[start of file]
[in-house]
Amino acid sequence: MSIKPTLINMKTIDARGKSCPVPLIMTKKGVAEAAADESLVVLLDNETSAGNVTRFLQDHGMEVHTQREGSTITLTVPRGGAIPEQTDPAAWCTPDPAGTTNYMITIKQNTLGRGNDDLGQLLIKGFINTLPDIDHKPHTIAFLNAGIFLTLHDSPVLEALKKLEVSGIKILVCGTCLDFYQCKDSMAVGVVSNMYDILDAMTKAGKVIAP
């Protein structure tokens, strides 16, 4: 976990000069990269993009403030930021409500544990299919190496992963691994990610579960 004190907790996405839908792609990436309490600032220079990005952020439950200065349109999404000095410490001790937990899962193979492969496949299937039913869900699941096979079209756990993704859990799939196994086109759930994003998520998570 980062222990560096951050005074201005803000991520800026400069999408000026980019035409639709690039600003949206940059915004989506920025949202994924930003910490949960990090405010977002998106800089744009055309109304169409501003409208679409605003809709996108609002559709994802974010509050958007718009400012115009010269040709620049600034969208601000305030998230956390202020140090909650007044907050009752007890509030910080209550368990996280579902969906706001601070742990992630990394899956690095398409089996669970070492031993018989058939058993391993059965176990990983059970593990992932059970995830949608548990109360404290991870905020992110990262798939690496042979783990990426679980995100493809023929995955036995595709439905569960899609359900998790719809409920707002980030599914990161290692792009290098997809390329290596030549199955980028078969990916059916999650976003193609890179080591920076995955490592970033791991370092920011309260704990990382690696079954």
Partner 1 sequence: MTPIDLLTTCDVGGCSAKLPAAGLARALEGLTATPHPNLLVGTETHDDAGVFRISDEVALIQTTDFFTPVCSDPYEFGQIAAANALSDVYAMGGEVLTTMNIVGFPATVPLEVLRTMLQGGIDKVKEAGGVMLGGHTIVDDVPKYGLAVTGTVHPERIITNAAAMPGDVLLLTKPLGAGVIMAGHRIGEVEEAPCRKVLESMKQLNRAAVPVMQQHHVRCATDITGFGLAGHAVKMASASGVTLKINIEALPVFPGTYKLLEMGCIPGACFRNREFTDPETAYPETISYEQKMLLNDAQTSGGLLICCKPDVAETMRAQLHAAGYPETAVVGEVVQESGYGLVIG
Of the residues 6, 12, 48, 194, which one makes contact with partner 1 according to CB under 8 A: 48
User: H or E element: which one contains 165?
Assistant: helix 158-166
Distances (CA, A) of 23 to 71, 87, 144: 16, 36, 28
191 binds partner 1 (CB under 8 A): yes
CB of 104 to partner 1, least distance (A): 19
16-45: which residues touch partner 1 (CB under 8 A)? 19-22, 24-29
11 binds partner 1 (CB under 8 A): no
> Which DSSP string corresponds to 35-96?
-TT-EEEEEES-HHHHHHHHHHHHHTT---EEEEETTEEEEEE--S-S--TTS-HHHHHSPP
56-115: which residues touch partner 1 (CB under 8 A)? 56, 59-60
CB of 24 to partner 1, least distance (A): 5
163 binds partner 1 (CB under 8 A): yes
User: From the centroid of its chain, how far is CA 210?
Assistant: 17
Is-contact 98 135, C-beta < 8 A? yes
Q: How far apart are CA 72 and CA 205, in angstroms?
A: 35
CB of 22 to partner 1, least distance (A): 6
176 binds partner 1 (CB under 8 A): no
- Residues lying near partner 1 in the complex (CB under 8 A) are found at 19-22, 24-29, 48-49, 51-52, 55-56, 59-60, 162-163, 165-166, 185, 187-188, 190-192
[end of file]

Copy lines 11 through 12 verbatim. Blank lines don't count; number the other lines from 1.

16-45: which residues touch partner 1 (CB under 8 A)? 19-22, 24-29
11 binds partner 1 (CB under 8 A): no